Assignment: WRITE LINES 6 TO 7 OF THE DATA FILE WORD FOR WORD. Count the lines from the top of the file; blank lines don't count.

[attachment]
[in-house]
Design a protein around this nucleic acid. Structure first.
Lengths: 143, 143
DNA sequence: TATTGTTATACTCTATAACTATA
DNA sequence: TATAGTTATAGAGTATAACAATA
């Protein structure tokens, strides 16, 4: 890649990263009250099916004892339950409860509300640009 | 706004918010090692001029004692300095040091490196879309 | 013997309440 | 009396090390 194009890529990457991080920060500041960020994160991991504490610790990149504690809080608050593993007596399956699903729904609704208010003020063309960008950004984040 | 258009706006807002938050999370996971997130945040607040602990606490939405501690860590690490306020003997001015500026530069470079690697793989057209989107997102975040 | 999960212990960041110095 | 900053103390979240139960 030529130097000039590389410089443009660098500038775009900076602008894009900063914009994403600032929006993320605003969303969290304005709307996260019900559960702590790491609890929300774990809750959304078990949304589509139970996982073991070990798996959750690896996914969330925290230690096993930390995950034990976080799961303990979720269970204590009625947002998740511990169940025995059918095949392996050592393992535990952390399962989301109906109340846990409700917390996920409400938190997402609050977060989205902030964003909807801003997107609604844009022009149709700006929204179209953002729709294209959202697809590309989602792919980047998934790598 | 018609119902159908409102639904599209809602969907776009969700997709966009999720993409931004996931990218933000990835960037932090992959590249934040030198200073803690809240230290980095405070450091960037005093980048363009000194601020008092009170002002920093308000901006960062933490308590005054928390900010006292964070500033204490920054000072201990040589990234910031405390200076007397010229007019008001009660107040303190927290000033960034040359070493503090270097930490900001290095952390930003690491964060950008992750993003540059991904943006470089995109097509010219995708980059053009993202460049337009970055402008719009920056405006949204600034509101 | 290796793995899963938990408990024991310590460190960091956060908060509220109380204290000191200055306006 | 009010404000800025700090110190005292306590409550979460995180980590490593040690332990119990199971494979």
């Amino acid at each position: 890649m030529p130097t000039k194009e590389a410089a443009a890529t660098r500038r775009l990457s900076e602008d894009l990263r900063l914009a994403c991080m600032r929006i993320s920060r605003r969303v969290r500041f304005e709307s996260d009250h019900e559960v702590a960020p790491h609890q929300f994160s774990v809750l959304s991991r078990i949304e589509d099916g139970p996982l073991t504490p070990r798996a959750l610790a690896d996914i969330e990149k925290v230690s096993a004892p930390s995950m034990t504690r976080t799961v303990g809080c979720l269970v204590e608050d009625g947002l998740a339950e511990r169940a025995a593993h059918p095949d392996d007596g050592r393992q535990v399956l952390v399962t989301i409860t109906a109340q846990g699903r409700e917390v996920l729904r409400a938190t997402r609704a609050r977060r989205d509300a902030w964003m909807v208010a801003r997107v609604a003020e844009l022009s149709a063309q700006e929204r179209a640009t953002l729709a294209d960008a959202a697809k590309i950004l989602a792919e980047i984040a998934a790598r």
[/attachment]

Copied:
């Protein structure tokens, strides 16, 4: 890649990263009250099916004892339950409860509300640009 | 706004918010090692001029004692300095040091490196879309 | 013997309440 | 009396090390 194009890529990457991080920060500041960020994160991991504490610790990149504690809080608050593993007596399956699903729904609704208010003020063309960008950004984040 | 258009706006807002938050999370996971997130945040607040602990606490939405501690860590690490306020003997001015500026530069470079690697793989057209989107997102975040 | 999960212990960041110095 | 900053103390979240139960 030529130097000039590389410089443009660098500038775009900076602008894009900063914009994403600032929006993320605003969303969290304005709307996260019900559960702590790491609890929300774990809750959304078990949304589509139970996982073991070990798996959750690896996914969330925290230690096993930390995950034990976080799961303990979720269970204590009625947002998740511990169940025995059918095949392996050592393992535990952390399962989301109906109340846990409700917390996920409400938190997402609050977060989205902030964003909807801003997107609604844009022009149709700006929204179209953002729709294209959202697809590309989602792919980047998934790598 | 018609119902159908409102639904599209809602969907776009969700997709966009999720993409931004996931990218933000990835960037932090992959590249934040030198200073803690809240230290980095405070450091960037005093980048363009000194601020008092009170002002920093308000901006960062933490308590005054928390900010006292964070500033204490920054000072201990040589990234910031405390200076007397010229007019008001009660107040303190927290000033960034040359070493503090270097930490900001290095952390930003690491964060950008992750993003540059991904943006470089995109097509010219995708980059053009993202460049337009970055402008719009920056405006949204600034509101 | 290796793995899963938990408990024991310590460190960091956060908060509220109380204290000191200055306006 | 009010404000800025700090110190005292306590409550979460995180980590490593040690332990119990199971494979």
């Amino acid at each position: 890649m030529p130097t000039k194009e590389a410089a443009a890529t660098r500038r775009l990457s900076e602008d894009l990263r900063l914009a994403c991080m600032r929006i993320s920060r605003r969303v969290r500041f304005e709307s996260d009250h019900e559960v702590a960020p790491h609890q929300f994160s774990v809750l959304s991991r078990i949304e589509d099916g139970p996982l073991t504490p070990r798996a959750l610790a690896d996914i969330e990149k925290v230690s096993a004892p930390s995950m034990t504690r976080t799961v303990g809080c979720l269970v204590e608050d009625g947002l998740a339950e511990r169940a025995a593993h059918p095949d392996d007596g050592r393992q535990v399956l952390v399962t989301i409860t109906a109340q846990g699903r409700e917390v996920l729904r409400a938190t997402r609704a609050r977060r989205d509300a902030w964003m909807v208010a801003r997107v609604a003020e844009l022009s149709a063309q700006e929204r179209a640009t953002l729709a294209d960008a959202a697809k590309i950004l989602a792919e980047i984040a998934a790598r």